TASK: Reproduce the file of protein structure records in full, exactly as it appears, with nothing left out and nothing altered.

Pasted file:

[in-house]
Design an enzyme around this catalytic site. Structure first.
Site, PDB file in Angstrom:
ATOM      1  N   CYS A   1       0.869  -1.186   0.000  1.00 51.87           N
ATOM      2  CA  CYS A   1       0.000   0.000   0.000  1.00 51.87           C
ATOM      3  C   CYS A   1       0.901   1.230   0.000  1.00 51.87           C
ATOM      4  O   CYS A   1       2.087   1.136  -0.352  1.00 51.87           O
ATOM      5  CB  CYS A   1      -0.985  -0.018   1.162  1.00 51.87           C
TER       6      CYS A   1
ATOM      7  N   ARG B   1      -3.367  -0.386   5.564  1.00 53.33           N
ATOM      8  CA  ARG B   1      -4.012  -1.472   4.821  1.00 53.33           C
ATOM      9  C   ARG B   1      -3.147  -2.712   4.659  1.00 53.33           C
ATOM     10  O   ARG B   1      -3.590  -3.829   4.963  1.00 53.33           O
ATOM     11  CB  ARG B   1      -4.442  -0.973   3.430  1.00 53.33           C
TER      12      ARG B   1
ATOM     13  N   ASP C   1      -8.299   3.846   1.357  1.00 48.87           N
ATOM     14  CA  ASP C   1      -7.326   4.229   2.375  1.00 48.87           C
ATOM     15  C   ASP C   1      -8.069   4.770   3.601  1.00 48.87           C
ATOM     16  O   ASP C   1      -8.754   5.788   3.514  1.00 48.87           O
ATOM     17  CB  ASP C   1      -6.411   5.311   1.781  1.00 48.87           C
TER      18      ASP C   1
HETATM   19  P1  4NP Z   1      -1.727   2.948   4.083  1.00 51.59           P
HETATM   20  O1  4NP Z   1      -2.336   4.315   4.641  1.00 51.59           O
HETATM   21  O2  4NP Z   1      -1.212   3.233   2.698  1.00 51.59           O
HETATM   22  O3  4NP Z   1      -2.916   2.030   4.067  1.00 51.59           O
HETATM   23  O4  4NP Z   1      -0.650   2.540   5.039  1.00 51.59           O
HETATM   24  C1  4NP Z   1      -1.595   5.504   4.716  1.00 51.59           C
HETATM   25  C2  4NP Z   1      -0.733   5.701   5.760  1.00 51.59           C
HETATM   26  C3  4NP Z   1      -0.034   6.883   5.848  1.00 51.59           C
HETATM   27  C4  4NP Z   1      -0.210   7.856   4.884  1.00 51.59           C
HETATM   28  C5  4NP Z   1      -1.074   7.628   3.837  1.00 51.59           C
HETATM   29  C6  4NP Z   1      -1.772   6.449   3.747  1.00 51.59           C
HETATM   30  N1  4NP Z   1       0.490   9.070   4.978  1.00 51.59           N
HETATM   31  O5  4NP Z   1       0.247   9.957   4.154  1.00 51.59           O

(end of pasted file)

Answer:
[in-house]
Design an enzyme around this catalytic site. Structure first.
Site, PDB file in Angstrom:
ATOM      1  N   CYS A   1       0.869  -1.186   0.000  1.00 51.87           N
ATOM      2  CA  CYS A   1       0.000   0.000   0.000  1.00 51.87           C
ATOM      3  C   CYS A   1       0.901   1.230   0.000  1.00 51.87           C
ATOM      4  O   CYS A   1       2.087   1.136  -0.352  1.00 51.87           O
ATOM      5  CB  CYS A   1      -0.985  -0.018   1.162  1.00 51.87           C
TER       6      CYS A   1
ATOM      7  N   ARG B   1      -3.367  -0.386   5.564  1.00 53.33           N
ATOM      8  CA  ARG B   1      -4.012  -1.472   4.821  1.00 53.33           C
ATOM      9  C   ARG B   1      -3.147  -2.712   4.659  1.00 53.33           C
ATOM     10  O   ARG B   1      -3.590  -3.829   4.963  1.00 53.33           O
ATOM     11  CB  ARG B   1      -4.442  -0.973   3.430  1.00 53.33           C
TER      12      ARG B   1
ATOM     13  N   ASP C   1      -8.299   3.846   1.357  1.00 48.87           N
ATOM     14  CA  ASP C   1      -7.326   4.229   2.375  1.00 48.87           C
ATOM     15  C   ASP C   1      -8.069   4.770   3.601  1.00 48.87           C
ATOM     16  O   ASP C   1      -8.754   5.788   3.514  1.00 48.87           O
ATOM     17  CB  ASP C   1      -6.411   5.311   1.781  1.00 48.87           C
TER      18      ASP C   1
HETATM   19  P1  4NP Z   1      -1.727   2.948   4.083  1.00 51.59           P
HETATM   20  O1  4NP Z   1      -2.336   4.315   4.641  1.00 51.59           O
HETATM   21  O2  4NP Z   1      -1.212   3.233   2.698  1.00 51.59           O
HETATM   22  O3  4NP Z   1      -2.916   2.030   4.067  1.00 51.59           O
HETATM   23  O4  4NP Z   1      -0.650   2.540   5.039  1.00 51.59           O
HETATM   24  C1  4NP Z   1      -1.595   5.504   4.716  1.00 51.59           C
HETATM   25  C2  4NP Z   1      -0.733   5.701   5.760  1.00 51.59           C
HETATM   26  C3  4NP Z   1      -0.034   6.883   5.848  1.00 51.59           C
HETATM   27  C4  4NP Z   1      -0.210   7.856   4.884  1.00 51.59           C
HETATM   28  C5  4NP Z   1      -1.074   7.628   3.837  1.00 51.59           C
HETATM   29  C6  4NP Z   1      -1.772   6.449   3.747  1.00 51.59           C
HETATM   30  N1  4NP Z   1       0.490   9.070   4.978  1.00 51.59           N
HETATM   31  O5  4NP Z   1       0.247   9.957   4.154  1.00 51.59           O